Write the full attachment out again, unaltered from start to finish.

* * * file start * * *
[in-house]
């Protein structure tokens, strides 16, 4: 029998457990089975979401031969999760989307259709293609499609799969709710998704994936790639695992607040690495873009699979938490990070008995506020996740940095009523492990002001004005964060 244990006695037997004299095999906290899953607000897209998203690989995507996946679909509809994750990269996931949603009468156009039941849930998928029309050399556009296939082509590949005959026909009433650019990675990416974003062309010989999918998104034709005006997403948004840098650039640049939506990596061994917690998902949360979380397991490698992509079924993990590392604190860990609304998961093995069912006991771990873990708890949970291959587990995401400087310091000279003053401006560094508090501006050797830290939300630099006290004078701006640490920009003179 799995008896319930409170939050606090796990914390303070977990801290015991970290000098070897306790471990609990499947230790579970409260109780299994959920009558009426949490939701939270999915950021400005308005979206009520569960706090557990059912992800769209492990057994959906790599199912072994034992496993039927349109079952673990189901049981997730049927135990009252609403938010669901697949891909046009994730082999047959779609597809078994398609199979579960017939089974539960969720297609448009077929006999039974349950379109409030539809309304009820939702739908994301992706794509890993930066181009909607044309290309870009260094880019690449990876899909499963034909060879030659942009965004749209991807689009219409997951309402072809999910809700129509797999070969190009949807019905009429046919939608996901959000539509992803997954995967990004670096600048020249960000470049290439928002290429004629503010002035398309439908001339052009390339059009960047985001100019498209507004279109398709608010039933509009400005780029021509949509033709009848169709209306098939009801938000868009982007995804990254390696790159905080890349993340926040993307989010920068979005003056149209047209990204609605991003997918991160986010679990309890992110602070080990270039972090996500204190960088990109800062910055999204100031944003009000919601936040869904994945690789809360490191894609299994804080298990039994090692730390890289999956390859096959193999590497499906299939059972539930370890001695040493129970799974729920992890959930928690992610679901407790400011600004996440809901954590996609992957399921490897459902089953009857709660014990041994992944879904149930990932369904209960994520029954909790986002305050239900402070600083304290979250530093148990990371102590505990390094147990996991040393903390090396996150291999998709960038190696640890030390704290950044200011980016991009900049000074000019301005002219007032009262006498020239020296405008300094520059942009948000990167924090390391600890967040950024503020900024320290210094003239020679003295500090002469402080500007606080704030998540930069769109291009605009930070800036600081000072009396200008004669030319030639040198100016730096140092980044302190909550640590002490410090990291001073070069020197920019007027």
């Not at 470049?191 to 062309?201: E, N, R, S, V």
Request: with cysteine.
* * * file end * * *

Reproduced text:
[in-house]
């Protein structure tokens, strides 16, 4: 029998457990089975979401031969999760989307259709293609499609799969709710998704994936790639695992607040690495873009699979938490990070008995506020996740940095009523492990002001004005964060 244990006695037997004299095999906290899953607000897209998203690989995507996946679909509809994750990269996931949603009468156009039941849930998928029309050399556009296939082509590949005959026909009433650019990675990416974003062309010989999918998104034709005006997403948004840098650039640049939506990596061994917690998902949360979380397991490698992509079924993990590392604190860990609304998961093995069912006991771990873990708890949970291959587990995401400087310091000279003053401006560094508090501006050797830290939300630099006290004078701006640490920009003179 799995008896319930409170939050606090796990914390303070977990801290015991970290000098070897306790471990609990499947230790579970409260109780299994959920009558009426949490939701939270999915950021400005308005979206009520569960706090557990059912992800769209492990057994959906790599199912072994034992496993039927349109079952673990189901049981997730049927135990009252609403938010669901697949891909046009994730082999047959779609597809078994398609199979579960017939089974539960969720297609448009077929006999039974349950379109409030539809309304009820939702739908994301992706794509890993930066181009909607044309290309870009260094880019690449990876899909499963034909060879030659942009965004749209991807689009219409997951309402072809999910809700129509797999070969190009949807019905009429046919939608996901959000539509992803997954995967990004670096600048020249960000470049290439928002290429004629503010002035398309439908001339052009390339059009960047985001100019498209507004279109398709608010039933509009400005780029021509949509033709009848169709209306098939009801938000868009982007995804990254390696790159905080890349993340926040993307989010920068979005003056149209047209990204609605991003997918991160986010679990309890992110602070080990270039972090996500204190960088990109800062910055999204100031944003009000919601936040869904994945690789809360490191894609299994804080298990039994090692730390890289999956390859096959193999590497499906299939059972539930370890001695040493129970799974729920992890959930928690992610679901407790400011600004996440809901954590996609992957399921490897459902089953009857709660014990041994992944879904149930990932369904209960994520029954909790986002305050239900402070600083304290979250530093148990990371102590505990390094147990996991040393903390090396996150291999998709960038190696640890030390704290950044200011980016991009900049000074000019301005002219007032009262006498020239020296405008300094520059942009948000990167924090390391600890967040950024503020900024320290210094003239020679003295500090002469402080500007606080704030998540930069769109291009605009930070800036600081000072009396200008004669030319030639040198100016730096140092980044302190909550640590002490410090990291001073070069020197920019007027």
């Not at 470049?191 to 062309?201: E, N, R, S, V």
Request: with cysteine.